System Audio Legend 7.2 Loudspeaker Page 2

A balanced XLR input replaces the 4mm terminals while a USB socket services firmware updates and System Audio's 'RAM tweaks' to change the speaker's DSP profile [see HFN Aug '21]. Furthermore, Silverback speakers include a wireless receiver using 96kHz/24-bit-capable WiSA technology, enabling it to pair to a WiSA transmitter, such as System Audio's £400 Stereo Hub, or hardware from brands including Primare and Harman Kardon.

sqnote Wall Of Sound
Our first taste of System Audio was as a new-to-the-UK brand (although a going concern since the 1980s) with its Legend 40 floorstander [HFN Aug '20] voiced to sound direct and largely neutral. That three-way speaker would leap into action with the dynamic ups and downs of music, and the Legend 7.2 shares this approach, presenting with plenty of verve, and not softening treble edges. In this respect it feels like part of the wider family, even while its sealed, wall-mountable cabinet does invoke some performance differences. Give it a good amount of power and it will deliver a big, dramatic soundstage that holds firm as you ramp up the volume.

I struck gold with Joe Bonamassa's Blues Deluxe album [Provogue PRD 7158 2], which really let the Legend 7.2 strut its stuff. The title track, a slow-paced, sparsely populated blues jam, features the guitarist intermittently flexing his fret fingers above a melodious 12-bar bassline that holds the whole piece together. This should be duly prominent in the mix, and here the clean and fulsome presence of the bass guitar was a treat, the speaker clearly putting its boundary positioning to good use.

Yet the star of the show is Bonamassa and his generational talent. In 'Blues Deluxe' he experiments with tone, reverb and distortion, snapping from crunching bite to delicacy at the drop of a (hi)hat. I was happy to hear the '7.2 conveying all his tonal tricks, with most of their impact intact. Bonamassa's mind-melting solo was also nicely separated from a well-spaced and large-sounding backing band.

Managing Expectations
This on-wall speaker is not a comprehensive low-end star, however, as that pleasing punch to notes in the upper bass region isn't joined by real extension. Chase & Status's 'Original Business' [RTRN II Jungle; Virgin/EMI CDV 3233] showcased succinct percussion detail and the speakers' ability to lock into a groove, but when the deep synthesised bass arrived I wanted more of it. Perhaps I'm guilty here of being seduced by the sight of double bass drivers, while forgetting this sealed speaker offers a modest 9.7 litre cabinet volume. In comparative terms, that's akin to a compact standmount, and expectations should be factored accordingly.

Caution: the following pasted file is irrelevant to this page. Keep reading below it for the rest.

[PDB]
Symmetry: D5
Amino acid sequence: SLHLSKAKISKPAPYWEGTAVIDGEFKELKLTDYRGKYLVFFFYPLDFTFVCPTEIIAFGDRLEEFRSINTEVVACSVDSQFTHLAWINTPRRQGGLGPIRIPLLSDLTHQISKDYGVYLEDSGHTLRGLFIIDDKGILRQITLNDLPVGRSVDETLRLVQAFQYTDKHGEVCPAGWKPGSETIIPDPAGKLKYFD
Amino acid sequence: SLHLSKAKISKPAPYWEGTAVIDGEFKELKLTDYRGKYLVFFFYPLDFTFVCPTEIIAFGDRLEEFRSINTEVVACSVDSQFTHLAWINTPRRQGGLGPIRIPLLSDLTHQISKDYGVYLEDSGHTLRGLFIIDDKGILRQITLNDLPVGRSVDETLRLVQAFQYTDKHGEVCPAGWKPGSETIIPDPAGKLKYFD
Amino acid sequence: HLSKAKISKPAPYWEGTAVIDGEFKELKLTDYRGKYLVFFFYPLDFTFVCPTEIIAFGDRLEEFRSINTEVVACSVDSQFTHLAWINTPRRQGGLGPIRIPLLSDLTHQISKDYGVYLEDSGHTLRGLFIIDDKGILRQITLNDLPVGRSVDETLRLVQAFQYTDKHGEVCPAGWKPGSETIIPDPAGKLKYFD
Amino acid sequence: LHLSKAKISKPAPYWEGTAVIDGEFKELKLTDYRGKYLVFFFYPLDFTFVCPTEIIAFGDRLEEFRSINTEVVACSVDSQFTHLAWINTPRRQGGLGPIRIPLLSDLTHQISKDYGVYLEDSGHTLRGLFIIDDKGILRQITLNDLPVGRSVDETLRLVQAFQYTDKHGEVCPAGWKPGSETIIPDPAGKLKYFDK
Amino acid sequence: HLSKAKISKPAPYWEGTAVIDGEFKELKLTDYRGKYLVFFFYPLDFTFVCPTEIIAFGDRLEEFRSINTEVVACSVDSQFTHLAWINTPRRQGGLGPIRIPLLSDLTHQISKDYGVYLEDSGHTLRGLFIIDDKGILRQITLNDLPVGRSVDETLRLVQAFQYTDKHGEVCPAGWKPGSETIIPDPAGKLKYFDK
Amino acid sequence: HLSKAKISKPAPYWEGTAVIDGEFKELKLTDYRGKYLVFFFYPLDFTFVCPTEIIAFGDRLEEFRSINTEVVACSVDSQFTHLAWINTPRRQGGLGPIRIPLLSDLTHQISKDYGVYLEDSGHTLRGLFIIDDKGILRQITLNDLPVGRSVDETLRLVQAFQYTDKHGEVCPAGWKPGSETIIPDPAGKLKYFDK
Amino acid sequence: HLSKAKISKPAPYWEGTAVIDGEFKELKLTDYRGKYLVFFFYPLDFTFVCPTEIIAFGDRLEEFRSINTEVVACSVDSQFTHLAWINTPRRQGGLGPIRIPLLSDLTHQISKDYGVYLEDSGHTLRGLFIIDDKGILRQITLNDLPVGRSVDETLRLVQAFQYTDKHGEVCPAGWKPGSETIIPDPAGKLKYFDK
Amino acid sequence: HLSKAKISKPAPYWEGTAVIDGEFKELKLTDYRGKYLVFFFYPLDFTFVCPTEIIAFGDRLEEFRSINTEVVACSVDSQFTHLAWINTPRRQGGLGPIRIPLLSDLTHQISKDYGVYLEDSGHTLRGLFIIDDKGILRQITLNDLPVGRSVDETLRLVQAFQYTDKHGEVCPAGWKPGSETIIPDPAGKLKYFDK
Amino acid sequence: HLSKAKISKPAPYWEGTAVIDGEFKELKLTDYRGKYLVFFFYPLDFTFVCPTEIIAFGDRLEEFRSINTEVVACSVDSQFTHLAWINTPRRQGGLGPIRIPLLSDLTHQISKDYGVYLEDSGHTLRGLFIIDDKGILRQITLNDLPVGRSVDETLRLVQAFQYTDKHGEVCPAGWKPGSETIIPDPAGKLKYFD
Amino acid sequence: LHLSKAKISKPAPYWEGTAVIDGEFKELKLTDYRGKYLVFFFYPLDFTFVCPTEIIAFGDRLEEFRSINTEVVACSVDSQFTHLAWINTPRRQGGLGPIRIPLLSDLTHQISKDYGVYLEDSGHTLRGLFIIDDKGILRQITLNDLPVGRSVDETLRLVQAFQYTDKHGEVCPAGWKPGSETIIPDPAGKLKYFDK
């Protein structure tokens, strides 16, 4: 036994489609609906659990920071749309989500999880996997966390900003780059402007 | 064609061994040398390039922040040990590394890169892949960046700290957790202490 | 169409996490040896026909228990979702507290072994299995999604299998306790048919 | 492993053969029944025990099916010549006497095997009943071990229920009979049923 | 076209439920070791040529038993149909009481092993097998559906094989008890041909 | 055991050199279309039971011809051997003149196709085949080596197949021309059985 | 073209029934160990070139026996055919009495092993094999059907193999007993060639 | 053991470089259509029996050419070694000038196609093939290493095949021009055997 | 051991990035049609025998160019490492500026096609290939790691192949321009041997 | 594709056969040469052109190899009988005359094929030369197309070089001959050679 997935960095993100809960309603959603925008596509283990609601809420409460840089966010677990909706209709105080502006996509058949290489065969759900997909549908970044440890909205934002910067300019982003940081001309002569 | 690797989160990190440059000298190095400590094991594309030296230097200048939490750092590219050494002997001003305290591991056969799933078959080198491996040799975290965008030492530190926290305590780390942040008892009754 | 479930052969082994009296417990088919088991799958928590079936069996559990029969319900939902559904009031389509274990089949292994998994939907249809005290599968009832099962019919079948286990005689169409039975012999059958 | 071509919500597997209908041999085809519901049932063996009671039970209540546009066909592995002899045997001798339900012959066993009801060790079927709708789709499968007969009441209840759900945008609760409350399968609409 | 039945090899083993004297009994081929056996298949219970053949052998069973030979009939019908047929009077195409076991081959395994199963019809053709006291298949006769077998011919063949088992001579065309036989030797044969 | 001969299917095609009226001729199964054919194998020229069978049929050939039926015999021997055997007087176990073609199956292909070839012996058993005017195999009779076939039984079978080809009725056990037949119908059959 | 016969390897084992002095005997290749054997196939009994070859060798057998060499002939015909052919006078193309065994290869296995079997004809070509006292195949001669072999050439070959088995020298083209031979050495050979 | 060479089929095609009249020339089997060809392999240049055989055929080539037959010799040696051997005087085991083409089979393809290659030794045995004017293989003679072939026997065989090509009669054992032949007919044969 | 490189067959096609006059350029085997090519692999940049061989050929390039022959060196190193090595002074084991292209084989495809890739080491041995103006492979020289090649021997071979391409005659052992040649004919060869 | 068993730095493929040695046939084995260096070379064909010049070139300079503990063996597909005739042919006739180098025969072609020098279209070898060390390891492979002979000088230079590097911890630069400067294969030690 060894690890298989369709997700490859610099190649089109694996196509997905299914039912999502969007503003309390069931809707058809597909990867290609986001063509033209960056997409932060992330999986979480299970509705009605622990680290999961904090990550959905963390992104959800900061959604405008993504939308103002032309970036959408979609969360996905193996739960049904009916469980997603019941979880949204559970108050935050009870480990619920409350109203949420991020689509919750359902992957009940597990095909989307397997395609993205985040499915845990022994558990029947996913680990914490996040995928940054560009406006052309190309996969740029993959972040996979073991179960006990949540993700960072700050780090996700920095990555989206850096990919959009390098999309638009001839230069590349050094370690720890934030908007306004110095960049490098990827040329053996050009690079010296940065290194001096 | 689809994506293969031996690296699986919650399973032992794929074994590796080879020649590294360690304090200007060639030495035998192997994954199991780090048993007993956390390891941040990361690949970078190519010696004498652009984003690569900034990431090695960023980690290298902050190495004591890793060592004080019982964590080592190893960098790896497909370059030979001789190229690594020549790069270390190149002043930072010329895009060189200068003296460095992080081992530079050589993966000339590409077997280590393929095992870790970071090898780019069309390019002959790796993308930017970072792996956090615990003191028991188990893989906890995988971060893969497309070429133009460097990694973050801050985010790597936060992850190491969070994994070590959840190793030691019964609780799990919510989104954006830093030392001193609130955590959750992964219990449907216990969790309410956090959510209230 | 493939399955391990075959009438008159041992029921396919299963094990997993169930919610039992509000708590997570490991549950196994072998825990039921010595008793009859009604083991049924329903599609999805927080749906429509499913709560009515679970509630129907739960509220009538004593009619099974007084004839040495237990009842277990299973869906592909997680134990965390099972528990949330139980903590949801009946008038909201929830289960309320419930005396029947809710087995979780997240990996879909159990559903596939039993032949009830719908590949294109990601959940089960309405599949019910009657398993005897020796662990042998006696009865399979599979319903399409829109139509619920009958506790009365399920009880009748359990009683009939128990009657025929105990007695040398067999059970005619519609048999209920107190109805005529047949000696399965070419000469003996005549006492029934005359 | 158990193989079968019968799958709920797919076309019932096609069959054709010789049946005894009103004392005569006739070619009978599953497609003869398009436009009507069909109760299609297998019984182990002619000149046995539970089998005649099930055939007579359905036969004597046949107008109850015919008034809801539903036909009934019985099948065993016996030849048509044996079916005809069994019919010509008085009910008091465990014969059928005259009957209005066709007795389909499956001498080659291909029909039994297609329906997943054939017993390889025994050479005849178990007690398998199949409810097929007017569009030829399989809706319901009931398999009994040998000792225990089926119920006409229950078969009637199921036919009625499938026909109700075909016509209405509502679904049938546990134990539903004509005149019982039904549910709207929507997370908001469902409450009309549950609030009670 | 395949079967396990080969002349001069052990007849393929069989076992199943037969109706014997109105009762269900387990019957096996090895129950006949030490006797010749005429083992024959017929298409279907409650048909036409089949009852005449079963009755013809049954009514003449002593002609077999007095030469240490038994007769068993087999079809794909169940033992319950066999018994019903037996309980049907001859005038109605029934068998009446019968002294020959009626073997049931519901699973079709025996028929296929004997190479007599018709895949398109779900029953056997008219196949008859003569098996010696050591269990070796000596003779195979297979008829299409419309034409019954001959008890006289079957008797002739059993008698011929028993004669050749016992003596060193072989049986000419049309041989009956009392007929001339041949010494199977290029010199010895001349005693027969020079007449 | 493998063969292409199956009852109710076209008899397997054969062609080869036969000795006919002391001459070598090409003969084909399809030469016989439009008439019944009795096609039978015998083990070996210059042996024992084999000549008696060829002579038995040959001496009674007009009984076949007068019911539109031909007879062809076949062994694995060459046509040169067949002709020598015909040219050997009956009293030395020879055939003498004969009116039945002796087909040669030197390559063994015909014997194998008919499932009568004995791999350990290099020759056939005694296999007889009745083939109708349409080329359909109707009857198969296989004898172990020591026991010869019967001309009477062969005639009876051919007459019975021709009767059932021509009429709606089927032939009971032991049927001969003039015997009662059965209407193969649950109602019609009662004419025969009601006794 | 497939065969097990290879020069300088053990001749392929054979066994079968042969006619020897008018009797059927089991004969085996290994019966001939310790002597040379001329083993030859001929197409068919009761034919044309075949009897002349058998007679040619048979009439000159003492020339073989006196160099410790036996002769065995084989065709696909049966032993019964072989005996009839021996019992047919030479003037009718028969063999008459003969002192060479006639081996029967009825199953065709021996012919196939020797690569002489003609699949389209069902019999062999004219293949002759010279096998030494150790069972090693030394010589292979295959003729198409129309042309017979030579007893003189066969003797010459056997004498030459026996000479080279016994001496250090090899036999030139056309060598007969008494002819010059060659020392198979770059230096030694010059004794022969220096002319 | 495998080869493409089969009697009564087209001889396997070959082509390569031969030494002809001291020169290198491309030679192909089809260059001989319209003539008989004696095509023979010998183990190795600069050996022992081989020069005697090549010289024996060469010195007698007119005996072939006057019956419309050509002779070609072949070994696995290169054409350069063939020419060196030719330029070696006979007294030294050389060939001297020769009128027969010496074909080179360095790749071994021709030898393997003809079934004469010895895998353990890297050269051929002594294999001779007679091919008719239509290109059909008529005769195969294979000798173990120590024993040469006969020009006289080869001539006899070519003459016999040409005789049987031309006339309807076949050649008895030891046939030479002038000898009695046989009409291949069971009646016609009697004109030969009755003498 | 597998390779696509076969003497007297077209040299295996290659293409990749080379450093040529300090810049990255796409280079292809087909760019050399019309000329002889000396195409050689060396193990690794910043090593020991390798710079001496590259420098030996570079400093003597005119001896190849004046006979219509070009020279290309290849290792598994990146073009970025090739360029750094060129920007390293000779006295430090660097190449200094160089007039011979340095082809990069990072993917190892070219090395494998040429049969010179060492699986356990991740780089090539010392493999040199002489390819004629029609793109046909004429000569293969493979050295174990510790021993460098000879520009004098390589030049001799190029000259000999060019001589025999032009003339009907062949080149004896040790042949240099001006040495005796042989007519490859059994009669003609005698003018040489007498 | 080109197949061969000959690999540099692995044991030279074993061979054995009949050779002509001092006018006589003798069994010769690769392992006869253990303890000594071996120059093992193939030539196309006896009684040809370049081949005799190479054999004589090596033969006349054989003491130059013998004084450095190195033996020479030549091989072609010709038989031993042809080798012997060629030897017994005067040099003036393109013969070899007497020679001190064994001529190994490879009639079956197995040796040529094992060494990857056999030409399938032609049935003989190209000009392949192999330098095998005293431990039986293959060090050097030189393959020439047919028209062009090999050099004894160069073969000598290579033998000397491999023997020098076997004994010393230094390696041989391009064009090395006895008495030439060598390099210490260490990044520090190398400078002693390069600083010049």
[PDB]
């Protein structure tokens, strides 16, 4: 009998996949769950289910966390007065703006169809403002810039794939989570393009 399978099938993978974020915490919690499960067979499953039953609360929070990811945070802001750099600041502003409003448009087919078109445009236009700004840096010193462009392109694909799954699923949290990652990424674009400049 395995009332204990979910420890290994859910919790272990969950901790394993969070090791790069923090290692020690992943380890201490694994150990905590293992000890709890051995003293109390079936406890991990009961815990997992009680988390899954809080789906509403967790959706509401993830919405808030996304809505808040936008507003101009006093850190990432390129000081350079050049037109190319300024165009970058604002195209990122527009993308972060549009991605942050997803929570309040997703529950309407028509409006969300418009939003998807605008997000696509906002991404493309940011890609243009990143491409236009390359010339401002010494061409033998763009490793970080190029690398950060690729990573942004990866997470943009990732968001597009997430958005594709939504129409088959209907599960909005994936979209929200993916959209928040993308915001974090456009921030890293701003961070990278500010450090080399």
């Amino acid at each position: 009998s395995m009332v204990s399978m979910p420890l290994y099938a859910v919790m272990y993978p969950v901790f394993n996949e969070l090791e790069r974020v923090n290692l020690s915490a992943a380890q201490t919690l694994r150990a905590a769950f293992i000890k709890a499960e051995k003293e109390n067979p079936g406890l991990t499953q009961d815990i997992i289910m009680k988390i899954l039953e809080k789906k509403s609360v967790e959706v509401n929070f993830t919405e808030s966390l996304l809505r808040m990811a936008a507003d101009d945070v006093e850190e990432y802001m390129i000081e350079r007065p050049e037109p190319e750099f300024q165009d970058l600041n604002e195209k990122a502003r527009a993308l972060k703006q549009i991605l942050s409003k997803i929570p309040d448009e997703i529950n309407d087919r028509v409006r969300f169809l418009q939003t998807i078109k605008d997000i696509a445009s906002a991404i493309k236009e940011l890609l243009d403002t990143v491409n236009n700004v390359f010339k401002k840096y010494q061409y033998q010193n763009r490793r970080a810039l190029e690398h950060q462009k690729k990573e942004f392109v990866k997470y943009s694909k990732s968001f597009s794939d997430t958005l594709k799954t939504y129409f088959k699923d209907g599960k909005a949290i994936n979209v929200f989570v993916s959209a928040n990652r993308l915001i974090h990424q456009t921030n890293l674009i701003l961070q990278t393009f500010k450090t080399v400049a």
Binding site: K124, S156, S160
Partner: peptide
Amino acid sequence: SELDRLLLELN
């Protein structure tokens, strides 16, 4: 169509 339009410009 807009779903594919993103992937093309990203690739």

Mounting hardware is inset into the cabinet, with notches to support the speaker in both 'portrait' and 'landscape' configurations. Cables are routed through slots in the rear panel – to the single 4mm terminals – keeping it flush with the wall

With the Legend 7.2 there's no scope to fine-tune output with toe-in, not to mention bringing the speakers away from the wall. I was therefore not surprised to occasionally come across tracks where a combination of boundary gain and my room's own acoustics seemed to exaggerate bass presence: for example, 'Jesus, Etc', from Wilco's Yankee Hotel Foxtrot [Nonesuch 79669; 96kHz/24-bit], had a plump quality that slightly overshadowed singer Jeff Tweedy's mid-western drawl and the violin harmonies. Yet other times, as with the Bonamassa track, or a guilty-as-charged replay of The Eagles' 'Hotel California' [Rhino Records; 192kHz/24-bit], the range of frequencies dovetailed better.

Brick Or Plaster?
It's important to note that I mounted the Legend 7.2s on a brick wall. Of course, there's no reason they couldn't be used on a drywall (the 9.3kg weight shouldn't bother a well-drilled plug), but I'd imagine they might sound a little different if the plasterboard joins in…

Otherwise, and with a range of more serene material, the Legend 7.2's mid and treble handling helped shine a revealing light on instrumental textures and vocal nuances, be they the quivering steel string guitar in Hans Theessink and Terry Evans' 'Gotta Keep Moving' [Visions, Blue Groove; CD] the reedy sax and powerful vocals of Nina Simone throughout I Put A Spell On You [Verve Music Group; 192kHz/24-bit], or Anne-Sophie Mutter's intense violin in the John Williams/Weiner Philharmoniker performance of 'Devil's Dance' [John Williams In Vienna; Deutsche Grammophon 483 9045]. This on-wall speaker definitely has a musical side to its direct, powerful demeanour.

Given enough width, and with tweeters on the outside, the way my pairing crafted Williams' expansive 'Raiders March' from the same set brought to mind a CinemaScope image of Harrison Ford, fedora on head and bullwhip in hand. The brass, string and woodwind players were dotted around a large soundstage, joined by insistent timpani hits and cymbal crashes. That all this was coming from loudspeaker cabinets of such manageable dimensions was quite the eye- and ear-opener.

Hi-Fi News Verdict
Anyone who has previously viewed on-wall speakers with a degree of suspicion or bafflement should grab an audition of System Audio's Legend 7.2. This easy-to-fit two-way speaker packs a punch with bass and percussion, grabs hold of musical details and offers an output that belies its size. There's nothing fancy about the cabinet styling, but that comes with the territory. And your vacuum cleaner will love it.

System Audio A/S
Supplied by: Karma-AV Ltd, York
01423 358846